Thus, the aim of this study was to compare the exercise intensity and fatigue development in elite female players during international compared with domestic league games. To examine this, we analyzed the movement pattern and heart rate (HR) response for the same elite female player during competitive international and domestic league games. Additionally, we aimed to compare the exercise intensity between different playing positions during the games.

Methods

Experimental Approach to the Problem

To study exercise intensity and the fatigue development during international games and domestic league games, we performed video-based time-motion analyses for the same players in 1-3 international games and 1-3 domestic league games. In addition, we compared the HR response between international and domestic league games by continuous HR recordings throughout each of the games.

Subjects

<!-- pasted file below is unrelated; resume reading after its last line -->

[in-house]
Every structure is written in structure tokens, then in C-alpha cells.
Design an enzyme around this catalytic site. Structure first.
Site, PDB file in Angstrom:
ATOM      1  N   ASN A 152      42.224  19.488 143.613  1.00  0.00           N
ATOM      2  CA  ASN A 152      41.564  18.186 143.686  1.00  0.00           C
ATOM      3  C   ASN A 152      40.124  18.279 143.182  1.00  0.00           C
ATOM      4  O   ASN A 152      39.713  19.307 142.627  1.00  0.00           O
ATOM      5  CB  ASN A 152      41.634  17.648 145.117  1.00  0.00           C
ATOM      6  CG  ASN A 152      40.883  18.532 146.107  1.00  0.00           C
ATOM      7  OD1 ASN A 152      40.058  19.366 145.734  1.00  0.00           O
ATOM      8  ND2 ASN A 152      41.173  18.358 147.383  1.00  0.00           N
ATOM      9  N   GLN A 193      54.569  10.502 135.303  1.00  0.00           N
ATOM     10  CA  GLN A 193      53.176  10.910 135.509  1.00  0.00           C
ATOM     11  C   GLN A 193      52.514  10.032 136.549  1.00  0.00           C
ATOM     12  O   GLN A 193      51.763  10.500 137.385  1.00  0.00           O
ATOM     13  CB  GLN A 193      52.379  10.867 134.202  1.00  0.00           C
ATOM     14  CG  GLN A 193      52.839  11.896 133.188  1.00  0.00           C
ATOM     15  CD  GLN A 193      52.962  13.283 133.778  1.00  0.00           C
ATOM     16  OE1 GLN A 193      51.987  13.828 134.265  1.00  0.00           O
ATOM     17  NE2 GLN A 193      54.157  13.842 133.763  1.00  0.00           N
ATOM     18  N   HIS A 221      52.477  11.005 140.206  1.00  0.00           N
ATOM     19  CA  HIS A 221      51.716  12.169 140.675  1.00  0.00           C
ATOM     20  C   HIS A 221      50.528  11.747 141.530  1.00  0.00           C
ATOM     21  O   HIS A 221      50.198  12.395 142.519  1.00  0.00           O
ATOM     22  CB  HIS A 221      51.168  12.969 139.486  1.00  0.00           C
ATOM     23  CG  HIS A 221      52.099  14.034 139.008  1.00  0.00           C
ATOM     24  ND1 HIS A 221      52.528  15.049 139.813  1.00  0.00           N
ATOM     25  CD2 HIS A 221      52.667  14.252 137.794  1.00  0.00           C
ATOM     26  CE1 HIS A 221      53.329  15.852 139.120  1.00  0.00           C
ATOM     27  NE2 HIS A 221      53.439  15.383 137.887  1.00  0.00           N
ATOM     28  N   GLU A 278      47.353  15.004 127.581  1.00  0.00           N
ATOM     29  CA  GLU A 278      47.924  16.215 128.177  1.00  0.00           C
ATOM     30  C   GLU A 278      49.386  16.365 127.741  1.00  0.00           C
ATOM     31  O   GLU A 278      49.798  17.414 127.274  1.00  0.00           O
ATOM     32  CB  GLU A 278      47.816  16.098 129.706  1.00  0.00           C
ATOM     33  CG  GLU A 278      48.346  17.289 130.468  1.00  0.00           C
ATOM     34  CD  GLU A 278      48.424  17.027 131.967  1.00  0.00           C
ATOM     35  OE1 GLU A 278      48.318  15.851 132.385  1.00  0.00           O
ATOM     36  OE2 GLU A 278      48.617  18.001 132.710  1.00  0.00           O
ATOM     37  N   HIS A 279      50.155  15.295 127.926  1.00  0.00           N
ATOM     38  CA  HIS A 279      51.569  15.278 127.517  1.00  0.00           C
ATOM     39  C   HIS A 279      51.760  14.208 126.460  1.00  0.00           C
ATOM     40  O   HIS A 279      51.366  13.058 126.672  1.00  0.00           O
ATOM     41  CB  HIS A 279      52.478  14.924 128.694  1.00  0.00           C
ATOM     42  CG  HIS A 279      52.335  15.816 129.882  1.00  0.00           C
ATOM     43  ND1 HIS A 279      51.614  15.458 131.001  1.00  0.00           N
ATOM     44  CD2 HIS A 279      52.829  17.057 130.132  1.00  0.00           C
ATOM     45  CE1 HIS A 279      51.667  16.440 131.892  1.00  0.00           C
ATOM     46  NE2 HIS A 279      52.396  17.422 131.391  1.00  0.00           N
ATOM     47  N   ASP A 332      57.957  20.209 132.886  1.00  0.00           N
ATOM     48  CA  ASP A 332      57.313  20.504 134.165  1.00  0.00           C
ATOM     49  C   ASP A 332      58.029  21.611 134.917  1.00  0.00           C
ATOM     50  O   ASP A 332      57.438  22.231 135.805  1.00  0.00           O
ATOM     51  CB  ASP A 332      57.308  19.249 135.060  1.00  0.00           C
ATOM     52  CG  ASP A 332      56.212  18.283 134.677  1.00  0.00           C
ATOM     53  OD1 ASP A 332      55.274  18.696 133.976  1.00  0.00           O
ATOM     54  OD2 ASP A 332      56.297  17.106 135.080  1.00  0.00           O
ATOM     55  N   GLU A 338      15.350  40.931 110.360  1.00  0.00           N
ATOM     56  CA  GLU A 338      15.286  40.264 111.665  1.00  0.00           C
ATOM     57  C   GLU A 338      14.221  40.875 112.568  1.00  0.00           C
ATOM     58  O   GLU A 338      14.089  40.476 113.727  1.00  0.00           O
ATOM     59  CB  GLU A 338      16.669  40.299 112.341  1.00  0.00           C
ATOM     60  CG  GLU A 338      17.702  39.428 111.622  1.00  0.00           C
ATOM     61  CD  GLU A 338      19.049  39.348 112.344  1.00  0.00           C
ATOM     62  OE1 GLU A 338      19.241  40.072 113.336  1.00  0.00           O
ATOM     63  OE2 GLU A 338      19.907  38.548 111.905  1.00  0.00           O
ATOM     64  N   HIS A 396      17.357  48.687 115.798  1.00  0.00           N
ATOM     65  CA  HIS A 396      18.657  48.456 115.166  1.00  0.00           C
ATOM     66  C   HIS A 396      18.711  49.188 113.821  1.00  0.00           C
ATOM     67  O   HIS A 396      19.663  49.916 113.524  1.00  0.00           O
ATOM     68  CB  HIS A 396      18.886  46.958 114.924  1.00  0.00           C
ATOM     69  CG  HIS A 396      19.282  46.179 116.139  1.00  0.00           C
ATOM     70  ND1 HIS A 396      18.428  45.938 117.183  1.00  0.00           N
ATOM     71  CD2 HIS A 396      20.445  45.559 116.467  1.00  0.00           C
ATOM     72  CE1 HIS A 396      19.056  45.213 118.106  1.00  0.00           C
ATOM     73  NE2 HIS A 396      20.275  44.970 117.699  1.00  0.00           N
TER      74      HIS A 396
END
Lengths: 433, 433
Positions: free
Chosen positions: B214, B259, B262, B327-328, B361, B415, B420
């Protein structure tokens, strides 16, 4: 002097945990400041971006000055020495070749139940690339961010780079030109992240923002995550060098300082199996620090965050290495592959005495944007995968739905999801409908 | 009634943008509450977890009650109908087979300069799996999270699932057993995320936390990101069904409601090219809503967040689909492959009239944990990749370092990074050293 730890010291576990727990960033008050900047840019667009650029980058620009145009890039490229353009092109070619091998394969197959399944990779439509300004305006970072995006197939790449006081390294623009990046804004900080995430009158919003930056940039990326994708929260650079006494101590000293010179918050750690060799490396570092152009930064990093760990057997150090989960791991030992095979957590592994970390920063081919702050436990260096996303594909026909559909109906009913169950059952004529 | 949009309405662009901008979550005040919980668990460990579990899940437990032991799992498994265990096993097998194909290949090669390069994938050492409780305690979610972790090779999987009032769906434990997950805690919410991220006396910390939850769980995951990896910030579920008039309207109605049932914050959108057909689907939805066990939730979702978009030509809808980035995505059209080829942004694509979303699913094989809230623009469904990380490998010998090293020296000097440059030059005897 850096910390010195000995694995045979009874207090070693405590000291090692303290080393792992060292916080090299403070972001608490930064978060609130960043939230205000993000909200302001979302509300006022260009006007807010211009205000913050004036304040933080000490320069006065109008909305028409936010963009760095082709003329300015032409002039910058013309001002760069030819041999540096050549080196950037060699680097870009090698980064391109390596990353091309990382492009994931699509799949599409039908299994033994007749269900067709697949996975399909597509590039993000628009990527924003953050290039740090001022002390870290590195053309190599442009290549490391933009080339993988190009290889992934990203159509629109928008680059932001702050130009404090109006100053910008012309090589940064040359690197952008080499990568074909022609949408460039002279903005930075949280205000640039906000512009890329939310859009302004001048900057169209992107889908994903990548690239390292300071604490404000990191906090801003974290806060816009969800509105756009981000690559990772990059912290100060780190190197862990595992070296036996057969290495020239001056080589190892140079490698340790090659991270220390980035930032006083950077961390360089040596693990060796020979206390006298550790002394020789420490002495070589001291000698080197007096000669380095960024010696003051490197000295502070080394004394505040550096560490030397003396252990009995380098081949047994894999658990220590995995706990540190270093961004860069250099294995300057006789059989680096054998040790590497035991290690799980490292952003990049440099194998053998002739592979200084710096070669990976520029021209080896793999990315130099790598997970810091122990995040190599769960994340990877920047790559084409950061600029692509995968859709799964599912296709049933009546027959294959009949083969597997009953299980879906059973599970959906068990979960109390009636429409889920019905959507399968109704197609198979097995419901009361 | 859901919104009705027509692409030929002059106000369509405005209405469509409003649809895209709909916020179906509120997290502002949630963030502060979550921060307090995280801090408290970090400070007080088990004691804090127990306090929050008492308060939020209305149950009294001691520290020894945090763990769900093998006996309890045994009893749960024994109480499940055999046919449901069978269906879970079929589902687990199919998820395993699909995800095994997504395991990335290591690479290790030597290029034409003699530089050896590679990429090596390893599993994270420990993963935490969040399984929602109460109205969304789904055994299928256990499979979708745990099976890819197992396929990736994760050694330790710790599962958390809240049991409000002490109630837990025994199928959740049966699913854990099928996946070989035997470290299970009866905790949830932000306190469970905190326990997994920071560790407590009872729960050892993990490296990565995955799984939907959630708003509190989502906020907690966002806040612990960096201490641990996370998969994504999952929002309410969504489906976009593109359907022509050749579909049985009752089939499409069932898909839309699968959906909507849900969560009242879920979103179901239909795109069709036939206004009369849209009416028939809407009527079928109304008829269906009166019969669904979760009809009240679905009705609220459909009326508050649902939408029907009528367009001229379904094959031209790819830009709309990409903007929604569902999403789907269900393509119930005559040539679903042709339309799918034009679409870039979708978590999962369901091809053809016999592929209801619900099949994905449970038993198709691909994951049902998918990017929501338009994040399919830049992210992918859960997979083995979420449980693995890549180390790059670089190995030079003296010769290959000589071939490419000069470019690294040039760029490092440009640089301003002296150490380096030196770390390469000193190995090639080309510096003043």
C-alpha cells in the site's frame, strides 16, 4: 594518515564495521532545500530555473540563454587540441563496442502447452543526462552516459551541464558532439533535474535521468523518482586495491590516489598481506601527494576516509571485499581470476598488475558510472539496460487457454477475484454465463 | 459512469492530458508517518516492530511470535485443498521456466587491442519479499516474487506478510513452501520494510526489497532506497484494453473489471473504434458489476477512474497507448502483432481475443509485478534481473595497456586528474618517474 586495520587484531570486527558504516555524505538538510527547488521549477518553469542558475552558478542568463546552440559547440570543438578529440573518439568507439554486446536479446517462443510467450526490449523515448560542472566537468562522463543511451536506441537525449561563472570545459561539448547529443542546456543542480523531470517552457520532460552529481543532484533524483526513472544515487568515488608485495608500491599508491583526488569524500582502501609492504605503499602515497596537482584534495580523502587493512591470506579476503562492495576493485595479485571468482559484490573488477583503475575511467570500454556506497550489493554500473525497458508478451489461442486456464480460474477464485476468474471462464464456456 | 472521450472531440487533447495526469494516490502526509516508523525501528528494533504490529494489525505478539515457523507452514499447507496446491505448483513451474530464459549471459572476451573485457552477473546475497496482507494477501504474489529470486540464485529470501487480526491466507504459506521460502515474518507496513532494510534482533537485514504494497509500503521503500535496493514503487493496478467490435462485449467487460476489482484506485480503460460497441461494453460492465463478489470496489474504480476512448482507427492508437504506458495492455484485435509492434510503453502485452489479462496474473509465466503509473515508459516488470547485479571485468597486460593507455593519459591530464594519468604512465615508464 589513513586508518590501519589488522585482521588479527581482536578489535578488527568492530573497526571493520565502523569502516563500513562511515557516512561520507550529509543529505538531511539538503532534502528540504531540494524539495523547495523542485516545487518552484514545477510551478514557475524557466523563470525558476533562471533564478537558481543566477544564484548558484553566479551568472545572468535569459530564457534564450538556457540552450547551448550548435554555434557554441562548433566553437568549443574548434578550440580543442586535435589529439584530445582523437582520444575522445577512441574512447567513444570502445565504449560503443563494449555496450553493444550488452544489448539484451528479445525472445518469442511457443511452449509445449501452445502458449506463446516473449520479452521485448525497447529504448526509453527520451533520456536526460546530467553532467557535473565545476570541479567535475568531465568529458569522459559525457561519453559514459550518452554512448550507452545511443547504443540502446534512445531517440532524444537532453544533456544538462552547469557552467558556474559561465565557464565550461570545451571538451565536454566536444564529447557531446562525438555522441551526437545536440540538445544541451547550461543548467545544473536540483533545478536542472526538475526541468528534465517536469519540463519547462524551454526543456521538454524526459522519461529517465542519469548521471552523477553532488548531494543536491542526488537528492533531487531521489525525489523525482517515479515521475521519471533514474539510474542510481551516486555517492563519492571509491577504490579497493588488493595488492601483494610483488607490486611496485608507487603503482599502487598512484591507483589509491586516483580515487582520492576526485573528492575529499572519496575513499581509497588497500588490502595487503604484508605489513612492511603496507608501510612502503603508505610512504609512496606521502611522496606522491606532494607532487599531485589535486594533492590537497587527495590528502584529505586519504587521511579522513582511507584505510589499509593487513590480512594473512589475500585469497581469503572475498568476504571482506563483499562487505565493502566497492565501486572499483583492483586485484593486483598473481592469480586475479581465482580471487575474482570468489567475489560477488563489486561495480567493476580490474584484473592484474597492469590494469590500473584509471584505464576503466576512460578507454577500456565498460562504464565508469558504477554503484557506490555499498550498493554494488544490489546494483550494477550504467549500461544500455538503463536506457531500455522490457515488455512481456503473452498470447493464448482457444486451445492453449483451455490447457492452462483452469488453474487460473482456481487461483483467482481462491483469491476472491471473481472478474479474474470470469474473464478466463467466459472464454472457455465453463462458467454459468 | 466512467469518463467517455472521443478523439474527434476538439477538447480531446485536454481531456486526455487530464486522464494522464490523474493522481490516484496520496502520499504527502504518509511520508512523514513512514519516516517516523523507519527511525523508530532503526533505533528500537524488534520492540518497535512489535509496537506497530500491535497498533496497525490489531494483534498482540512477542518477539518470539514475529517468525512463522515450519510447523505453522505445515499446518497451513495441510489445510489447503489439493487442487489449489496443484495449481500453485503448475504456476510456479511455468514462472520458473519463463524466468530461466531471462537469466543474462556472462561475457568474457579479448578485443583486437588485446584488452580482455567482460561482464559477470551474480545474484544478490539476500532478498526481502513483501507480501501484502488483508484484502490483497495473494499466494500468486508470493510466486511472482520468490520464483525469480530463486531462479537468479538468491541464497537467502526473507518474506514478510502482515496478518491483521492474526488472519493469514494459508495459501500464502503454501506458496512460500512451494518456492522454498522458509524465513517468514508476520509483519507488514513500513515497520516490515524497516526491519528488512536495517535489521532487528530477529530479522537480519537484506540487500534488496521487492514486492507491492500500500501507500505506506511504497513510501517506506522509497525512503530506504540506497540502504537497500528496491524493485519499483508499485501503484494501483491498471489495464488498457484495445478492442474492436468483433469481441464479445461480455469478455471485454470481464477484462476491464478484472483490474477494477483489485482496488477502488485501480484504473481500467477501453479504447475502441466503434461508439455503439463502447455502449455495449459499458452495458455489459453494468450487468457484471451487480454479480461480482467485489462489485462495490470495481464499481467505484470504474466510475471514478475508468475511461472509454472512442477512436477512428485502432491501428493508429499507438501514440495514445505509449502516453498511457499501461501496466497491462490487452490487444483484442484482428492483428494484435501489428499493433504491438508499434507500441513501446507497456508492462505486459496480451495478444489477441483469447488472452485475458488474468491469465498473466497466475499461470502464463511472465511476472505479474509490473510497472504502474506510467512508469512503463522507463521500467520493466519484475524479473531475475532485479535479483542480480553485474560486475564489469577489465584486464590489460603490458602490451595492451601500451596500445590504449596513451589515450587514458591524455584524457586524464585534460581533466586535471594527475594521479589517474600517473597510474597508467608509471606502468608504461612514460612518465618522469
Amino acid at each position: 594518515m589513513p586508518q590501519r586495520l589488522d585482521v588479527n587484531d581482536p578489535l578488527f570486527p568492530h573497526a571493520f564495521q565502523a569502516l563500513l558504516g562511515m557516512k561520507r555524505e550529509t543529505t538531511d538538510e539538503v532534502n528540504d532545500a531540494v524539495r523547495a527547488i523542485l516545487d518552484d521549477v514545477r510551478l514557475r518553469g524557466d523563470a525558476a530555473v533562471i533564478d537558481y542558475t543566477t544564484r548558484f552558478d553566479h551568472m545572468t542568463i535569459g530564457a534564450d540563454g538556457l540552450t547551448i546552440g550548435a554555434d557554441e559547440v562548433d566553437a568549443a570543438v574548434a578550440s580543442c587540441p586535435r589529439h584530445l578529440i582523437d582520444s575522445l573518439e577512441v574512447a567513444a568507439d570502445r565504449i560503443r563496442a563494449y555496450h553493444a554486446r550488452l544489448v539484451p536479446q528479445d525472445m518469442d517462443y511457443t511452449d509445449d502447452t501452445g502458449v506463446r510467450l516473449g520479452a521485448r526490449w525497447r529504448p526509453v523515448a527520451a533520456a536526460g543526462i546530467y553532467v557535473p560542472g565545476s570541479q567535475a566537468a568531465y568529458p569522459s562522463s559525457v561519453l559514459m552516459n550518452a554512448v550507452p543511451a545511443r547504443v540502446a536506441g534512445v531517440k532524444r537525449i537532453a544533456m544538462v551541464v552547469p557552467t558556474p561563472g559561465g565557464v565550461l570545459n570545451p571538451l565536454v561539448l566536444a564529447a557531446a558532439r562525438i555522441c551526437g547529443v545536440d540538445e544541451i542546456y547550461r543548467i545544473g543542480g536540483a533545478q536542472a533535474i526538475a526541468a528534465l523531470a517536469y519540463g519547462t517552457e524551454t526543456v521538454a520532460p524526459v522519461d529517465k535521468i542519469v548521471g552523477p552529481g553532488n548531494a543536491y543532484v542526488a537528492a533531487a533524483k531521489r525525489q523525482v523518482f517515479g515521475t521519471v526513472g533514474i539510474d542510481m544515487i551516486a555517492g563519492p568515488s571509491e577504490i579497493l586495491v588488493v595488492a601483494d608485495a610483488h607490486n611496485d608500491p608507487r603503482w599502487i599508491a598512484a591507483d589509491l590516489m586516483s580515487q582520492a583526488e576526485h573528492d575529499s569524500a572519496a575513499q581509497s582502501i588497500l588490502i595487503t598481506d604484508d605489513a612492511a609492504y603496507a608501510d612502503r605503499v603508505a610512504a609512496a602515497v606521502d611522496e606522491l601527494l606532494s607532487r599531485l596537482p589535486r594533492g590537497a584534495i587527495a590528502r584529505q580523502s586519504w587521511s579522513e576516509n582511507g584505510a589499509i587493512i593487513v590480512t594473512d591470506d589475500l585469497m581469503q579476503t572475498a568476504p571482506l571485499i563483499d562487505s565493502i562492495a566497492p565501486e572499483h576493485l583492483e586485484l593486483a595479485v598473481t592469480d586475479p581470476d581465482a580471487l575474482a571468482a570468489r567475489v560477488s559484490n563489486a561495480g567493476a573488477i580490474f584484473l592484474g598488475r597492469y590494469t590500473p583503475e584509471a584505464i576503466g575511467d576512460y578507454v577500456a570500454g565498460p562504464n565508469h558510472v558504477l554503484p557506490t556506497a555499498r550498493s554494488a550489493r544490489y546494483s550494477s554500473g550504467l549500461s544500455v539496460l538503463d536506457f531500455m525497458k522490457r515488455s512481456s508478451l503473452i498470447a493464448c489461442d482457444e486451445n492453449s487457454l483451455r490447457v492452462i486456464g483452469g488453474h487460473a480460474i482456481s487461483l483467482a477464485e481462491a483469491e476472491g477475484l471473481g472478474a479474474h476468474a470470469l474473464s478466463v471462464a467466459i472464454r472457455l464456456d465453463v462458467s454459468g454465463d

Seventeen top-class female women soccer players from the national team in Sweden and Denmark were included in the study (9 defenders, 5 midfielders, and 3 forwards). Their age, height, weight, and mean peak HR were 27 ± 1 years, 168.2 ± 1.5 cm, 61.0 ± 1.4 kg, and 191 ± 2 b·min−1, respectively. For inclusion in the study, the players had to be part of their respective countries' national team for a minimum of 5 years and were all players regularly starting the games (i.e., not substitutes). The players all played in a top club team in the Swedish or Danish highest division and were therefore eligible to participate in the UEFA Women's Cup tournament. The players were informed of the experimental procedures and possible discomforts associated with the study before given their written informed consent to participate. The study was conducted according to the Declaration of Helsinki and approved by the Ethics Committee of the Karolinska Institute, Sweden.